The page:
Despite an intriguing premise, Lachenmeyer and Beccia’s collaboration doesn’t quite manage to produce a pleasing composition.
Legend has it that Scarlatti’s "Sonata in G Minor" was inspired by his pet cat, Pulcinella. Lachenmeyer uses this as a jumping-off point and imagines that the fancy feline has a particular interest in (and talent for) composition. Though initially stymied by Scarlatti’s dictum that no one may touch his harpsichord, Pulcinella gets her chance one day when a bold mouse in a bright blue vest pops up and leads both cat and master on a merry chase. When her paws hit the keys, Pulcinella begins to play. Initially captivated, Scarlatti later worries about the impact of her talent on his livelihood and decides that passing his pet on to a friend is the best way to protect himself and other composers. Beccia’s illustrations feature subdued colors, elaborate details and faux crackling to enhance the historical feel. Unfortunately, the stiffness of the figures, though artistically appropriate, creates a sense of distance. Unlikely events, uneven pacing, and the unsettling, if ultimately amusing, finale further reduce the already limited appeal.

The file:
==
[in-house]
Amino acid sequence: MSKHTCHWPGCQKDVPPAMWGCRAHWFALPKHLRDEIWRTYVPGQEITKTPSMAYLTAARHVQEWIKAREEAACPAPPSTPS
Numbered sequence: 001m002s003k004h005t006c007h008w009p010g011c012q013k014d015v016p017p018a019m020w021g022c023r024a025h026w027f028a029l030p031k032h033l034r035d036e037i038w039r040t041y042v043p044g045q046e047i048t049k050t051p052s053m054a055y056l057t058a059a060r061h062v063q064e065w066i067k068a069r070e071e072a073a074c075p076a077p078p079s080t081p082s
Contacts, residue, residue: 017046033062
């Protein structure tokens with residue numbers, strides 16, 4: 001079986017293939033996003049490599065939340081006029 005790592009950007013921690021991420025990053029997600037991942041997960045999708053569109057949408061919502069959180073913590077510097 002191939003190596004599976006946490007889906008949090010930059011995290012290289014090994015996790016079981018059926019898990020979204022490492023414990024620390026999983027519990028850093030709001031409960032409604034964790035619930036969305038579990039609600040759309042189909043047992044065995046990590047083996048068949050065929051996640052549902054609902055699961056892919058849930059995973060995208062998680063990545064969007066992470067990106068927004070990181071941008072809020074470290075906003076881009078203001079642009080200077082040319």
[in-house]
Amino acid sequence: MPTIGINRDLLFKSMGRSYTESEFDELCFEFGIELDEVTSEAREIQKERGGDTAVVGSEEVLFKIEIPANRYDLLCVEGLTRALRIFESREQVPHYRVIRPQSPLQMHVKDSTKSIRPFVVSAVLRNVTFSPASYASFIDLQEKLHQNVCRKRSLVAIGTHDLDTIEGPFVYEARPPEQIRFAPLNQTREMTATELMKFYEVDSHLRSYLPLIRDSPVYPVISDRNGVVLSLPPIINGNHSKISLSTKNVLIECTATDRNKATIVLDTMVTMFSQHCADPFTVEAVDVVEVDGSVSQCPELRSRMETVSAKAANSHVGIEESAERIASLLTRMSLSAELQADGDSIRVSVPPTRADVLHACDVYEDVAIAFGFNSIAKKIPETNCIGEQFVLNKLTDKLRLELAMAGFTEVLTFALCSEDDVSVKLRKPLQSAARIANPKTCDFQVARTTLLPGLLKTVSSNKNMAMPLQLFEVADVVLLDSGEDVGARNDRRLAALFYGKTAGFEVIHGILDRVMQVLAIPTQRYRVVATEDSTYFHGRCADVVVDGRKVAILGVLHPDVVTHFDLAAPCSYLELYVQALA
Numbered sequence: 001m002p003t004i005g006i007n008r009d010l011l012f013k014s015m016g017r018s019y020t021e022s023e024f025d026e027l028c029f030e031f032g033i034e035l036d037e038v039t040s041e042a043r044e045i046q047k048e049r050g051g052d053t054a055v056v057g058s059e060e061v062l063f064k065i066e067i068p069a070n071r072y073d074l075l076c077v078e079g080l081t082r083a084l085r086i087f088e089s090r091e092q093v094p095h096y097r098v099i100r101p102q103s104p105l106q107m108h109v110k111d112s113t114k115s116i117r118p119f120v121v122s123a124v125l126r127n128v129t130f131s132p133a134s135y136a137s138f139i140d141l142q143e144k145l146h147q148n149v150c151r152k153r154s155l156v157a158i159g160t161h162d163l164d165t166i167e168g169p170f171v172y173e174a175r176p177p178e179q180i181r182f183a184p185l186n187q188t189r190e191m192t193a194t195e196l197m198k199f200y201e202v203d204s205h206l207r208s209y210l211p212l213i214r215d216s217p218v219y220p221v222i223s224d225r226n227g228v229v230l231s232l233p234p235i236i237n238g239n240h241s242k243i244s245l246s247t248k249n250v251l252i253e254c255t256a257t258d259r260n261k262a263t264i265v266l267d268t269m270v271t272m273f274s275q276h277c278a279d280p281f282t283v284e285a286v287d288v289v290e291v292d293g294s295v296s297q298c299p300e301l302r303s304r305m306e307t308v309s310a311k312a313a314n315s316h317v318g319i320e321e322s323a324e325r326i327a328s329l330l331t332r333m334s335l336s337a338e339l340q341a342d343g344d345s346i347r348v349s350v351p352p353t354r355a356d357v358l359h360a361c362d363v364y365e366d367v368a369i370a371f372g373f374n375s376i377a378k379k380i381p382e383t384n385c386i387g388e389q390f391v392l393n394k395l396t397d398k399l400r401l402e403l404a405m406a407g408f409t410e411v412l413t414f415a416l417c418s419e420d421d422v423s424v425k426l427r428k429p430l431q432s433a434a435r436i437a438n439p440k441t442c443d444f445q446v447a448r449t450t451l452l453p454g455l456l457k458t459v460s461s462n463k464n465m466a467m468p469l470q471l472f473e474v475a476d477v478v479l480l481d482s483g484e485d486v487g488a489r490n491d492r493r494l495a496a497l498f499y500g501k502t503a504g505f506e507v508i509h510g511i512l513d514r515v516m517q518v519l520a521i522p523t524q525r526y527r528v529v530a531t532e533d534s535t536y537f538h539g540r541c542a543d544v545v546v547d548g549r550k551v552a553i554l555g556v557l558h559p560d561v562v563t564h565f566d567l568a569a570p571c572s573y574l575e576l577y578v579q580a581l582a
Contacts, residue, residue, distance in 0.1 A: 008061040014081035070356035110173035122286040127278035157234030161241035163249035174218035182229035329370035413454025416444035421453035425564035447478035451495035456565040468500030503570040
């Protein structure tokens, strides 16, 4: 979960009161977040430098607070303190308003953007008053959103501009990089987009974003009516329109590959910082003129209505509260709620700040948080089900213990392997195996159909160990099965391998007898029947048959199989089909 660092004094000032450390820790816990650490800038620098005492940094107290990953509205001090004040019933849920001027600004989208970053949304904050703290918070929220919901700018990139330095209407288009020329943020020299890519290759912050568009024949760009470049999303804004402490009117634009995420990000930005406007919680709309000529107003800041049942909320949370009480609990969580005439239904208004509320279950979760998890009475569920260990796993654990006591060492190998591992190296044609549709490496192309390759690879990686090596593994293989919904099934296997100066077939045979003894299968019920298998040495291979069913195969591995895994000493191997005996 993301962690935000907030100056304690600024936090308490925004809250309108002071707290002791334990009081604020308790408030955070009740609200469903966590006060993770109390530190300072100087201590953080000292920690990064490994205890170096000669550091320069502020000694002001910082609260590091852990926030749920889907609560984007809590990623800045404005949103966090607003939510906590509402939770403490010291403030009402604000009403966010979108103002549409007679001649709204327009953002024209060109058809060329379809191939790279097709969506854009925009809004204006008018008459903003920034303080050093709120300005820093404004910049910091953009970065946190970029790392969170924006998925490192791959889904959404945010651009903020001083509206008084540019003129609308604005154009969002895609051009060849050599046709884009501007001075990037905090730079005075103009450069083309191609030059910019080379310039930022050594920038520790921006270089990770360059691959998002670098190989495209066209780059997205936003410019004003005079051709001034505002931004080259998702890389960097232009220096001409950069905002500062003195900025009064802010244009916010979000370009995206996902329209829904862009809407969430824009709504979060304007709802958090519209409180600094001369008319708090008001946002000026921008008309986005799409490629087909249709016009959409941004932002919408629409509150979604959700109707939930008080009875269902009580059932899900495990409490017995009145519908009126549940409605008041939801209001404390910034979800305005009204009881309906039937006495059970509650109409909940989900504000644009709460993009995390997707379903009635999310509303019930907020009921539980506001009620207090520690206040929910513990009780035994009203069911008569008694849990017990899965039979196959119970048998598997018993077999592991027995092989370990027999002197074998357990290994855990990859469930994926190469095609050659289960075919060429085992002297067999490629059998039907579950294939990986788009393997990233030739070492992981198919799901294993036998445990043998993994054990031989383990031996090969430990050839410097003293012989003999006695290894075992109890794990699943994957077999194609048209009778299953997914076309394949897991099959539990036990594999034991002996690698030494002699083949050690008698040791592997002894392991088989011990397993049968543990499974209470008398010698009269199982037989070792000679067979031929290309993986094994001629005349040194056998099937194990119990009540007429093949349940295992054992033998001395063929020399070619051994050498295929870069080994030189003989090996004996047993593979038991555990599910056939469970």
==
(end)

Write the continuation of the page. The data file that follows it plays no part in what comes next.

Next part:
Music lovers might appreciate this slight story that ties the creation of a popular classical sonata to a pampered pet, but most young listeners will simply be left wondering what poor Pulcinella did to be abandoned by her owner. (author’s note) (Picture book. 5-8)